Curcumin modulates the effect of histone modification on the expression of chemokines by type II alveolar epithelial cells in a rat COPD model
Authors Gan L, Li C, Wang J, Guo X
Received 31 May 2016
Accepted for publication 1 August 2016
Published 7 November 2016 Volume 2016:11(1) Pages 2765—2773
Checked for plagiarism Yes
Review by Single-blind
Peer reviewers approved by Dr Charles Downs
Peer reviewer comments 4
Editor who approved publication: Dr Richard Russell
Lixing Gan,1 Chengye Li,2 Jian Wang,1 Xuejun Guo3
1Department of Respiratory Medicine, Shanghai Ninth People’s Hospital, Shanghai Jiao Tong University School of Medicine, Shanghai, 2Department of Respiratory Medicine, The First Affiliated Hospital of Wenzhou Medical University, Wenzhou, 3Department of Respiratory Medicine, Xin Hua Hospital Affiliated to Shanghai Jiao Tong University School of Medicine, Shanghai, People’s Republic of China
Background: Studies have suggested that histone modification has a positive impact on various aspects associated with the progression of COPD. Histone deacetylase 2 (HDAC2) suppresses proinflammatory gene expression through deacetylation of core histones.
Objective: To investigate the effect of histone modification on the expression of chemokines in type II alveolar epithelial cells (AEC II) in a rat COPD model and regulation of HDAC2 expression by curcumin in comparison with corticosteroid.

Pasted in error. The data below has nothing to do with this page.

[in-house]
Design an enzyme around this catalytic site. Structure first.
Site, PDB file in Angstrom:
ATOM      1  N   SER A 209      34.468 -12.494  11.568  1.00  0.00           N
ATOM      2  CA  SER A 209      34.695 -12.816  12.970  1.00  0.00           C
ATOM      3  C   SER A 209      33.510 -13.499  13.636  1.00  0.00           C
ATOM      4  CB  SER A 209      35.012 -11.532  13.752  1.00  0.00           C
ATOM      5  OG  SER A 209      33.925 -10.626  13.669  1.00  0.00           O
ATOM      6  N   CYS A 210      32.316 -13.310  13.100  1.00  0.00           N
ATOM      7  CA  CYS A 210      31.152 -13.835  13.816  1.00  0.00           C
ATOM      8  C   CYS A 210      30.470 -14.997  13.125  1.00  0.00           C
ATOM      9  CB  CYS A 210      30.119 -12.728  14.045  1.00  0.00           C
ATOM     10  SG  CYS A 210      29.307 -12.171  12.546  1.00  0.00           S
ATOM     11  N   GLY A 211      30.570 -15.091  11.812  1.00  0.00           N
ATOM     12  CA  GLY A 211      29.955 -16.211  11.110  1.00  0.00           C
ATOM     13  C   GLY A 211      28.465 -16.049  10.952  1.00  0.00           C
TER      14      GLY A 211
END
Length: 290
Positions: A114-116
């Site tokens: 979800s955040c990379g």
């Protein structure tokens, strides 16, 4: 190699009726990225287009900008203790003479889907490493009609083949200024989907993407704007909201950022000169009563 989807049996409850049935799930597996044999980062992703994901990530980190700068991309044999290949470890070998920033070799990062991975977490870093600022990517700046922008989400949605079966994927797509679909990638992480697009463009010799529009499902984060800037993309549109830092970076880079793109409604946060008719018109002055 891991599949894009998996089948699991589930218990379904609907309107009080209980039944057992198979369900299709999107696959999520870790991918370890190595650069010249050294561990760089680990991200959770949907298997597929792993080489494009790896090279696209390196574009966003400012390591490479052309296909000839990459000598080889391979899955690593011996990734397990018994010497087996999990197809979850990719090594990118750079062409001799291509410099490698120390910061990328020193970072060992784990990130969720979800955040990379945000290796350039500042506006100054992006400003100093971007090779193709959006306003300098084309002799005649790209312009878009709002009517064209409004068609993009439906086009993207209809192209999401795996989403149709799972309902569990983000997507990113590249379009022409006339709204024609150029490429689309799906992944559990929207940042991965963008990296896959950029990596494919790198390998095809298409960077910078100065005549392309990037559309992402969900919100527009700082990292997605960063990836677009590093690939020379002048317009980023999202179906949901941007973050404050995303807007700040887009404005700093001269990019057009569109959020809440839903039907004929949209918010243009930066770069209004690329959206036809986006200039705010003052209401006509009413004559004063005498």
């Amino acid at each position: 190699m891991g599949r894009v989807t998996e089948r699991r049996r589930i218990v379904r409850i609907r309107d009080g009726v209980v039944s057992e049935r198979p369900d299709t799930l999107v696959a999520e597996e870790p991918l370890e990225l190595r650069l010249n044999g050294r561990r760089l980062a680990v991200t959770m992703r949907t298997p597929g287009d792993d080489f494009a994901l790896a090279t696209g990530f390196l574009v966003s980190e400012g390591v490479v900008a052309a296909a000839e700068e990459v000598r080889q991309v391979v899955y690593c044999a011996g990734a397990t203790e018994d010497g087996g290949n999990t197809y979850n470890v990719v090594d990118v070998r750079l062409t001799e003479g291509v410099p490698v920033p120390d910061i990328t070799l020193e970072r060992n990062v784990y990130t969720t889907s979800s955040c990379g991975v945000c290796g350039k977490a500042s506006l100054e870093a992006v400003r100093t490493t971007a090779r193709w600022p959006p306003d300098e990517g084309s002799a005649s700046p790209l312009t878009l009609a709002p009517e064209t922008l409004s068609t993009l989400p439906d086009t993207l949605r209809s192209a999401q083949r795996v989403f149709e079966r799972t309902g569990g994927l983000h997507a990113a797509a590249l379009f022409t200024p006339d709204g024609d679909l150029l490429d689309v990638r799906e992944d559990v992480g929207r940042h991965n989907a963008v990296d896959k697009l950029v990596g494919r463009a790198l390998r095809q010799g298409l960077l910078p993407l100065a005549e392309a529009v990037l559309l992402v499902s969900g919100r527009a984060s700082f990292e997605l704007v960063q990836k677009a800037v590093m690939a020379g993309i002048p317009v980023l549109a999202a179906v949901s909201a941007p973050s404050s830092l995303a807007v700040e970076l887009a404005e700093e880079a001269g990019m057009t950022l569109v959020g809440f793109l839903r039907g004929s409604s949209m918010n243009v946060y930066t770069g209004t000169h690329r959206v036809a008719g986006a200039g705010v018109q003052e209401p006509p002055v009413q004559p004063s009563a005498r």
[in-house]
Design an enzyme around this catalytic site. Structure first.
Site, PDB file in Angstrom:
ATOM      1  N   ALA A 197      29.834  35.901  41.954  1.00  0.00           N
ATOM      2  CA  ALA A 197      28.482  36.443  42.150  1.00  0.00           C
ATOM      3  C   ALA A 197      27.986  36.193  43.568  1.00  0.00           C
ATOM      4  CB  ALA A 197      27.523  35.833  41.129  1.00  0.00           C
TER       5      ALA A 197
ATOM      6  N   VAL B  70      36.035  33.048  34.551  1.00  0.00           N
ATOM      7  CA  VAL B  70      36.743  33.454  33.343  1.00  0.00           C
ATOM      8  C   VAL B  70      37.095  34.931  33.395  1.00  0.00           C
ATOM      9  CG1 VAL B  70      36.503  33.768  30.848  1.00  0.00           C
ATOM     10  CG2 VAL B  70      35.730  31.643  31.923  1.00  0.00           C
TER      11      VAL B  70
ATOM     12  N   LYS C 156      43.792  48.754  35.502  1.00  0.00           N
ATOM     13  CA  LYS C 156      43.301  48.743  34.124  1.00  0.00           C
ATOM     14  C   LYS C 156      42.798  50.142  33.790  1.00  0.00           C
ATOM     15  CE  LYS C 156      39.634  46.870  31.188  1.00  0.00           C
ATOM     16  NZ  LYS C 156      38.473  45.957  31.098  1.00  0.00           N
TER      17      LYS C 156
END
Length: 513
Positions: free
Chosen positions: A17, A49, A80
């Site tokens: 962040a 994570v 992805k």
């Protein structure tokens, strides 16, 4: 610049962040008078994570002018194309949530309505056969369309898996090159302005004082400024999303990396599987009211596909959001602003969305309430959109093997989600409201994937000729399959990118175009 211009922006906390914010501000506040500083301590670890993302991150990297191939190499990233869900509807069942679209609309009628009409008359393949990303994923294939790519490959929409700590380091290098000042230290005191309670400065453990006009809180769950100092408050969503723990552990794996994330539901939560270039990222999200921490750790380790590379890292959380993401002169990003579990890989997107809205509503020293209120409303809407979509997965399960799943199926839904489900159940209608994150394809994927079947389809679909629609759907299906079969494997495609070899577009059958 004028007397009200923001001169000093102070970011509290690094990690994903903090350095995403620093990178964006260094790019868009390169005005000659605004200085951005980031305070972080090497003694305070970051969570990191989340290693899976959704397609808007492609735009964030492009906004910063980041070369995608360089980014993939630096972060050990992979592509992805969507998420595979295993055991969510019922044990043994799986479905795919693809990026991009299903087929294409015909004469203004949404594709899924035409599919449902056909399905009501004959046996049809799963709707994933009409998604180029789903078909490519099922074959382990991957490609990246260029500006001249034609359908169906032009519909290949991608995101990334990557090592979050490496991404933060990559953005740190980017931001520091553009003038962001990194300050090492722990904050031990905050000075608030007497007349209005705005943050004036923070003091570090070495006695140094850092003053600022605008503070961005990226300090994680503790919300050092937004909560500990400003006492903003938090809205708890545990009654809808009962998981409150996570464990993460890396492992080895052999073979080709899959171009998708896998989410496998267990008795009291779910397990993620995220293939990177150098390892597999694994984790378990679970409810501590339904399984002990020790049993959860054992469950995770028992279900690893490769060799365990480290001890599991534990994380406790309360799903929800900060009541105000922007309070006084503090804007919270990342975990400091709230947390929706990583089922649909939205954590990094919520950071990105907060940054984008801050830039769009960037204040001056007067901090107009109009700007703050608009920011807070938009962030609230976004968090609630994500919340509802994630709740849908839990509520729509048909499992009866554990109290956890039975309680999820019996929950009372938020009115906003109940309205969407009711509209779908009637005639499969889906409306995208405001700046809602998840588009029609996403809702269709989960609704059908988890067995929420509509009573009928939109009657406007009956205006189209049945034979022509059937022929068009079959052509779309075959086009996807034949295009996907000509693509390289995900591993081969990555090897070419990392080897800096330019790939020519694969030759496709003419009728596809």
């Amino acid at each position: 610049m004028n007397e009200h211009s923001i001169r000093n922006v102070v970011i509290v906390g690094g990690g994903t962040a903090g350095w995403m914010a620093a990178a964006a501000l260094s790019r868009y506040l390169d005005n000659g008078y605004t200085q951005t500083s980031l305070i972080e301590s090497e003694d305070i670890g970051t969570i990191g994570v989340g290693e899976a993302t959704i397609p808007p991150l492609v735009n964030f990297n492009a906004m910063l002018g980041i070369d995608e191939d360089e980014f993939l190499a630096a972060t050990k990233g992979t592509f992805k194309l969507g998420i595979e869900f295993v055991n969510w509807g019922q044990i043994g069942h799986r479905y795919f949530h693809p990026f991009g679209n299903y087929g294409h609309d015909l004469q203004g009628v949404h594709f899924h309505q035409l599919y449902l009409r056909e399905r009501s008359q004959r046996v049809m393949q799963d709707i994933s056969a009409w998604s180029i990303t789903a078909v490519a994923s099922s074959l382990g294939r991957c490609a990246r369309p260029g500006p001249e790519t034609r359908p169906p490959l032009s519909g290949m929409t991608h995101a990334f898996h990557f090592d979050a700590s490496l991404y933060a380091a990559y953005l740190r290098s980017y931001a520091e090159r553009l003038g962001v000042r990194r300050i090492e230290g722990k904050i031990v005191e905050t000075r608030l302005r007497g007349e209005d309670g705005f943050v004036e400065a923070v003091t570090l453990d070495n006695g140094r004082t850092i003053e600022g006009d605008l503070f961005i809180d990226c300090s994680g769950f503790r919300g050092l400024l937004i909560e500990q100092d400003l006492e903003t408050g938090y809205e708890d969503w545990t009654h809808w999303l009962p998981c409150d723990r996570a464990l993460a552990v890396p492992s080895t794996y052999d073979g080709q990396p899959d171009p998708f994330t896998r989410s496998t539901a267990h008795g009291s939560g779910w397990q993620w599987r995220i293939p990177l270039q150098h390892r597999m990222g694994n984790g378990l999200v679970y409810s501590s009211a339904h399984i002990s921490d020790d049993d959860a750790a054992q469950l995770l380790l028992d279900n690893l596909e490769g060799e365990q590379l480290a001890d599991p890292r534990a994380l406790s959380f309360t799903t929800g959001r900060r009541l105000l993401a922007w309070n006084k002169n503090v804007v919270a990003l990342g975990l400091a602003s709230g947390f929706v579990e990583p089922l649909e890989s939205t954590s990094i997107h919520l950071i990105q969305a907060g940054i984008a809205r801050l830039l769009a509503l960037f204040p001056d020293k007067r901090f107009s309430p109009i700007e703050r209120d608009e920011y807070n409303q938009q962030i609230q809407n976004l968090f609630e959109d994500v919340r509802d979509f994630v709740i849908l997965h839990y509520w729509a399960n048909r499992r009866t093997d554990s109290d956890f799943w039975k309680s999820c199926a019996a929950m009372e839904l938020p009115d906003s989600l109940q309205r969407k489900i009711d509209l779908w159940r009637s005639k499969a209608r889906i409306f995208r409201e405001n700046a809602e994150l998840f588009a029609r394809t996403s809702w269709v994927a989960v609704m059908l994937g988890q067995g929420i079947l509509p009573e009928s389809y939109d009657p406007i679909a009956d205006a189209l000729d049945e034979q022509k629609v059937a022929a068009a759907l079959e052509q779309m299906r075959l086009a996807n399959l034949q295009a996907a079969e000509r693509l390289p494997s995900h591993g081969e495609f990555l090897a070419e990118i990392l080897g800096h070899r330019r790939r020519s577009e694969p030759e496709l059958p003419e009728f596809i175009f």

Materials and methods: The rat COPD model was established by cigarette smoke exposure and confirmed by histology and pathophysioloy. AEC II were isolated and cultured in vitro from the COPD models and control animals. The cells were treated with curcumin, corticosteroid, or trichostatin A, and messenger RNA (mRNA) expression of interleukin-8 (IL-8), monocyte chemoattractant protein-1 (MCP-1), and macrophage inflammatory protein-2α (MIP-2α) was assessed by quantitative real-time polymerase chain reaction (RT-PCR). The expression of HDAC2 was measured by Western blot. Chromatin immunoprecipitation was used to detect H3/H4 acetylation and H3K9 methylation in the promoter region of three kinds of chemokine genes (IL-8, MCP-1, and MIP-2α).
Results: Compared to the control group, the mRNAs of MCP-1, IL-8, and MIP-2α were upregulated 4.48-fold, 3.14-fold, and 2.83-fold, respectively, in the AEC II from COPD model. The protein expression of HDAC2 in the AEC II from COPD model was significantly lower than from the control group (P<0.05). The decreased expression of HDAC2 was negatively correlated with the increased expression of IL-8, MCP-1, and MIP-2α mRNAs (all P<0.05). The level of H3/H4 acetylation was higher but H3K9 methylation in the promoter region of chemokine genes was lower in the cells from COPD model than from the control group (all P<0.05). Curcumin downregulated the expression of MCP-1, IL-8, and MIP-2α, and the expression was further enhanced in the presence of corticosteroid. Moreover, curcumin restored HDAC2 expression, decreased the levels of H3/H4 acetylation, and increased H3K9 methylation in the promoter region of chemokine in the presence or absence of dexamethasone (all P<0.05).
Conclusion: Curcumin may suppress chemokines and restore corticosteroid resistance in COPD through modulating HDAC2 expression and its effect on histone modification.
Keywords: chronic obstructive pulmonary disease, type II alveolar epithelial cell, histone deacetylase, curcumin, corticosteroid
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